Baskets described in old invoices as being for bread or cake have for a long time been more often used for fruit.
Although baskets existed in England in the 17th century, examples earlier than 1740 are rare. After this date, they survive in very large numbers. American baskets are very rare. As most baskets have pierced decoration and were in daily use for a long time it is important to check them carefully for damage, especially those with pierced decoration
As with many different types of silver, baskets were made more lightly as the years passed, due probably to increasing demand from the less wealthy section of the population, and to the introduction of the rolling mill, which led to large-scale production. However, the Regency period produced some notably heavy examples. Weight at this time was considered synonymous with quality.
The oval shape and swing handle was standardized by 1740. A basket of this date rests on a rim base rather than on separate feet. This would always have been an expensive piece of silver, and should therefore have a fine coat of arms engraved in the base, sometimes framed by flat chasing as on salvers of the period.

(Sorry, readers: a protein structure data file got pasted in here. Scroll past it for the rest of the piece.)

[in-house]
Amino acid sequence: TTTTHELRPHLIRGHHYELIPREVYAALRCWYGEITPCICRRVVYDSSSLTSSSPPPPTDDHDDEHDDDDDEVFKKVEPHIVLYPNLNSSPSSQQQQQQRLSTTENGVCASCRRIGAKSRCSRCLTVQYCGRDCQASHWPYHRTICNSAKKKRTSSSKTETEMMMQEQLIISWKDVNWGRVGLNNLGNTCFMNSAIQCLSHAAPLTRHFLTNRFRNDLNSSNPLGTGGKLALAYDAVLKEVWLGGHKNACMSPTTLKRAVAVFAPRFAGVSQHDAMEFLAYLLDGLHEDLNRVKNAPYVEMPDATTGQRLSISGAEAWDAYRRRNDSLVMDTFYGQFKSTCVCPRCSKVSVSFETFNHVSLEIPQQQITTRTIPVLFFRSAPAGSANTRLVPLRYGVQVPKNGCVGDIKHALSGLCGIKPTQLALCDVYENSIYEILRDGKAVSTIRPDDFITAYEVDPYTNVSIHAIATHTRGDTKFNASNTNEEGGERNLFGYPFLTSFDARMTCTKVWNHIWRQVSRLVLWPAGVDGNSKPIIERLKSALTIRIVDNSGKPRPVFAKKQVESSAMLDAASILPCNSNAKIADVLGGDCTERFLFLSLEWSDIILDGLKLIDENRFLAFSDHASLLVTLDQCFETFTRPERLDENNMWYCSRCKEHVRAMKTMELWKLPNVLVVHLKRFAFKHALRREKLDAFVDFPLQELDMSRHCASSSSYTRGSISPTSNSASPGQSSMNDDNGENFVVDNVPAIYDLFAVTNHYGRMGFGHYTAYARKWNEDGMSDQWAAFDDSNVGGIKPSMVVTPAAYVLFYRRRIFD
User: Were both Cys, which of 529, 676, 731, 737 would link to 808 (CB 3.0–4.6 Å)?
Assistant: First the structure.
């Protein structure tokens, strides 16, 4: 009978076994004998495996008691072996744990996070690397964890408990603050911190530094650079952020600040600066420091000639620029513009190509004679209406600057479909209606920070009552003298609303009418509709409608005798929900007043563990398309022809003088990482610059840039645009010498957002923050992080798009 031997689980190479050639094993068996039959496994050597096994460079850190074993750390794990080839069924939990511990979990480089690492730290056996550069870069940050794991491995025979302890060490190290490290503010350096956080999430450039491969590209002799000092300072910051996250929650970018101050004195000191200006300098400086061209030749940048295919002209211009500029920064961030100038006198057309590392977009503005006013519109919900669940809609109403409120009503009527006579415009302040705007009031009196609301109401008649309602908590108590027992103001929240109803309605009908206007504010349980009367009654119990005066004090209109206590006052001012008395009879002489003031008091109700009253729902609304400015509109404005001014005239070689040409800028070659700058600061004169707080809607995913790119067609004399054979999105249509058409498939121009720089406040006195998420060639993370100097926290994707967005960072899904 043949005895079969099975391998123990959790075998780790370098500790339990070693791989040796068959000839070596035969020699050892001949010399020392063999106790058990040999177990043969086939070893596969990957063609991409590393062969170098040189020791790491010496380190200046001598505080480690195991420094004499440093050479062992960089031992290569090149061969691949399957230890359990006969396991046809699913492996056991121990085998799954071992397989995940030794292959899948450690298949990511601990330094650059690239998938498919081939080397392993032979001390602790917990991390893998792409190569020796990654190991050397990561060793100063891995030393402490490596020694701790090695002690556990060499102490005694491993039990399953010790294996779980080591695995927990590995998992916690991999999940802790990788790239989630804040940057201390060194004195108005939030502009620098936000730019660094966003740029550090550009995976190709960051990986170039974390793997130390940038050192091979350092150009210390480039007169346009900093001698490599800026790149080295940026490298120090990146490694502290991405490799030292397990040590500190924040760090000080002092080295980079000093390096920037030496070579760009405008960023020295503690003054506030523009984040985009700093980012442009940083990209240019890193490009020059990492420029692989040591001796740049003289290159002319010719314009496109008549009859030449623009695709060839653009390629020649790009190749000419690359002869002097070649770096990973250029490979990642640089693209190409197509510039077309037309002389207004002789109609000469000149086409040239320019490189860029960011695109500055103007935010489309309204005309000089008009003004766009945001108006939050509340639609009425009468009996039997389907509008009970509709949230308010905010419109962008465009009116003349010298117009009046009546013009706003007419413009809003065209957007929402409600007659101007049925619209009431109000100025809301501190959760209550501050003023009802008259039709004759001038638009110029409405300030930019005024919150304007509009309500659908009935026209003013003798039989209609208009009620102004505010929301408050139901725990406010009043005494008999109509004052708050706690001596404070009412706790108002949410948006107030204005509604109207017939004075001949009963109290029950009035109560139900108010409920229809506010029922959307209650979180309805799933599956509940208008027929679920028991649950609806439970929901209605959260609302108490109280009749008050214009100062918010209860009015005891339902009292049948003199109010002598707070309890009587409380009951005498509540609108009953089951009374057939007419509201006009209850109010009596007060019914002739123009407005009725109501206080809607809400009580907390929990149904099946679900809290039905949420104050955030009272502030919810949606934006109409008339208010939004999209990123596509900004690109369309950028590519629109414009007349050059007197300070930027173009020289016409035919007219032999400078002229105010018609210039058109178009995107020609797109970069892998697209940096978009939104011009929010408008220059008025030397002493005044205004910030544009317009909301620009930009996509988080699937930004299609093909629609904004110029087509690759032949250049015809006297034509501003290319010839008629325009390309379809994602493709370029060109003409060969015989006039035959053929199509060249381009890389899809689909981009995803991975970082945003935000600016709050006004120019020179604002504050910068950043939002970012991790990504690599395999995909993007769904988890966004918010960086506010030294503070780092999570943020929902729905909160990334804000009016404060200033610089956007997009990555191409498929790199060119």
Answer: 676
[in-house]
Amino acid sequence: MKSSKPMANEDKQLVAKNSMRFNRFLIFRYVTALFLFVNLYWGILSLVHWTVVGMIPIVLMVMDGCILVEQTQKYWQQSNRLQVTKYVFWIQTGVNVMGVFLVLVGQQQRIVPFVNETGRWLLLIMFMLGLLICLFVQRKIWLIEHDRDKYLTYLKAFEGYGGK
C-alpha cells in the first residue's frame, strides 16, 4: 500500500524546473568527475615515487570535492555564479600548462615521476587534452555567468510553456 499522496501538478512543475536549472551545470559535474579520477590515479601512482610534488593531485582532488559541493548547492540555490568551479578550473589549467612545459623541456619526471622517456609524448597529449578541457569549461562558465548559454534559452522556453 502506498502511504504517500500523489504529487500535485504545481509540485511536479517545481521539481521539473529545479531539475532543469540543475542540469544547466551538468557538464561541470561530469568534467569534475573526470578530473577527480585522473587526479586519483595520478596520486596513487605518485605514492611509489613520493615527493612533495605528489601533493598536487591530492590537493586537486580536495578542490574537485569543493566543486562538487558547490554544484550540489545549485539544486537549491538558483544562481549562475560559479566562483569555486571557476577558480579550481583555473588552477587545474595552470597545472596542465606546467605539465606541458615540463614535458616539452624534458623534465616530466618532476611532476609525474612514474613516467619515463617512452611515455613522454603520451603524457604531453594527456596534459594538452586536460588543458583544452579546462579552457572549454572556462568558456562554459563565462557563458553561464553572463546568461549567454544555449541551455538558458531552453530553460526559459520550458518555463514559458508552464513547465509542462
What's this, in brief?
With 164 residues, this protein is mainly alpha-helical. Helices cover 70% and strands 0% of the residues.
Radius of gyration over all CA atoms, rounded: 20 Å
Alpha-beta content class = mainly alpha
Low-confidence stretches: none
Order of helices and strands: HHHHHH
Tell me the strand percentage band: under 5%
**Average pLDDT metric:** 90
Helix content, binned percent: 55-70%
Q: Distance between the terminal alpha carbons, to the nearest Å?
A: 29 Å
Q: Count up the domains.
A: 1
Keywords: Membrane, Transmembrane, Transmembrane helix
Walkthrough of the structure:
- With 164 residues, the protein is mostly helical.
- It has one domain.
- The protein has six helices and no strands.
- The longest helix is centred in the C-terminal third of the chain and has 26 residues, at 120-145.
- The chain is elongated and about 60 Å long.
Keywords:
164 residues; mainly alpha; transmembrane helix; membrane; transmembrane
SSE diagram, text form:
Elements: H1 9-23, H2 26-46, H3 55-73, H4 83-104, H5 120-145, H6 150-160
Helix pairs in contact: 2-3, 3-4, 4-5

Baskets had feet in the middle of the 18th century until mass production set in. Oblong and circular shapes appeared by the end of the century, and thereafter baskets were usually circular.
Early baskets are usually marked underneath or in a line on the side; later ones on the side or the base. Ideally, handles will also be marked, although this is unlikely on early baskets.